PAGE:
HMS Victorious (1785)

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For other ships with the same name, see HMS Victorious.
History
Royal Navy EnsignUK
Name: HMS Victorious
Ordered: 28 December 1781
Builder: Perry, Blackwall Yard
Laid down: November 1782
Launched: 27 April 1785
Fate: Broken up, 1803
General characteristics [1]
Class and type: Culloden-class ship of the line
Tons burthen: 1682 5994 (bm)
Length: 170 ft 6 in (51.97 m) (gundeck); 139 ft 10 in (42.62 m) (keel)
Beam: 47 ft 6 34 in (14.497 m)
Depth of hold: 19 ft 11 12 in (6.083 m)
Propulsion: Sails
Sail plan: Full rigged ship
Armament:
  • Gundeck: 28 × 32-pounder guns
  • Upper gundeck: 28 × 18-pounder guns
  • QD: 14 × 9-pounder guns
  • Fc: 4 × 9-pounder guns

HMS Victorious was a 74-gun third rate ship of the line of the Royal Navy, launched at Blackwall Yard, London on 27 April 1785.[2] She was the first ship of the Royal Navy to bear the name.

Career[edit]

In April 1795, Victorious ran aground on the Shipwash Sand, in the North Sea off the coast of Suffolk and was dismasted.[3]

During the month of February 1796, Victorious encountered and captured the French privateer brig Hasard, formerly the British pilot ship Cartier, which was returning to Île de France (Mauritius) with a 10-man crew after having captured the East Indiaman Triton. [4]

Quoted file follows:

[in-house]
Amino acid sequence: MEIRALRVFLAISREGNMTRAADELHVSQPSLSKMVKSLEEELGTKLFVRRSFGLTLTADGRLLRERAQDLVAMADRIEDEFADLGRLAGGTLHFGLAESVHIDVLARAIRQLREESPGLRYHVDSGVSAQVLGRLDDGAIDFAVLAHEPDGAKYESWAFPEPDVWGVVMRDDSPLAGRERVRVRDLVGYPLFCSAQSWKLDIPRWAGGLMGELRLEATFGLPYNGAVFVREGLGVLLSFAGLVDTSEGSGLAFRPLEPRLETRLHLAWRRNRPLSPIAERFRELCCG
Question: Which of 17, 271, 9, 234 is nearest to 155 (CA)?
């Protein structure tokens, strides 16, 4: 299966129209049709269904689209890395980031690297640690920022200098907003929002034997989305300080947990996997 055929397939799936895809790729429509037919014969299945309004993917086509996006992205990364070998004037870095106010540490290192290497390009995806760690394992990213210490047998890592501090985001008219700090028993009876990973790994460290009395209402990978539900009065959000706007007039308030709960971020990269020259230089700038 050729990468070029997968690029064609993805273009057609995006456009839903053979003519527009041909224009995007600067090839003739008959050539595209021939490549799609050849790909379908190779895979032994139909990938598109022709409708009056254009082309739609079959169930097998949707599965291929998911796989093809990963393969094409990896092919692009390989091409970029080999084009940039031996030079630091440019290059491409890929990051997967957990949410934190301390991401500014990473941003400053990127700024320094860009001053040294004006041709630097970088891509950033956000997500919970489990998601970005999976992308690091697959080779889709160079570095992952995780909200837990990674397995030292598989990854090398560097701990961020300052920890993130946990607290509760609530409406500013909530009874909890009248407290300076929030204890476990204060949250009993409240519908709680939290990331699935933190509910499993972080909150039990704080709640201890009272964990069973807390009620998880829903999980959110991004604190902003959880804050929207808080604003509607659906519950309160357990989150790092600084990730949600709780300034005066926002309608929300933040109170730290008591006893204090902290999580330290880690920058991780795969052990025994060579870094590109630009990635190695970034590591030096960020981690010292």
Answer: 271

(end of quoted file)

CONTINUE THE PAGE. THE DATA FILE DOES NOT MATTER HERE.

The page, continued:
She took part in the Action of 8 September 1796.

Victorious participated in the capture of the Dutch colony of Cape Town, in which an invasion had been caused due to fears of France's expansion across the world. Britain seized the strategic Cape Town and thus secured the nation its routes to the East. The rest of her career was spent in the warm climates of the East Indies, patrolling the vast waters in that region.

In 1801 Captain Pulteney Malcolm took command as Victorous served as flagship for Admiral Peter Rainier.[1]

Fate[edit]

On her homeward passage from the East Indies in 1803, Victorious proved exceedingly leaky. When she met with heavy weather in the North Atlantic, her crew had difficulty keeping her afloat till she reached the Tagus, where she was run ashore and broken up. Malcolm, with the officers and crew, returned to England in two vessels that he chartered at Lisbon. She was condemned and then broken up in August at Lisbon.[1]

On 1 August the Sir Andrew Mitchell arrived at Portsmouth, in company with the Calpe, carrying Malcolm, his officers, and crew.[5] Sir Andrew Mitchell, R. Gilmore, master, was a 14-year old, 522-ton (bm) ship on the Cork-Lisbon trade.[6]

Citations and references[edit]

Citations
  1. ^ a b c Winfield (2008), p.60.
  2. ^ Lavery, Ships of the Line, vol. 1, p. 180.
  3. ^ "The Marine List". New Lloyd's List (2604). 18 April 1794. 
  4. ^ Demerliac, p. 309, no 2915
  5. ^ Naval Chronicle, Vol. 10, p.173.
  6. ^ Lloyd's Register (1804).
References
  • Demerliac, Alain (2003). Nomenclature des navires français (in French). 1792-1799. Nice: Éditions A.N.C.R.E. 
  • Lavery, Brian (2003) The Ship of the Line - Volume 1: The development of the battlefleet 1650-1850. Conway Maritime Press. ISBN 0-85177-252-8.
  • Winfield, Rif (2008). British Warships in the Age of Sail 1793–1817: Design, Construction, Careers and Fates. Seaforth. ISBN 1-86176-246-1.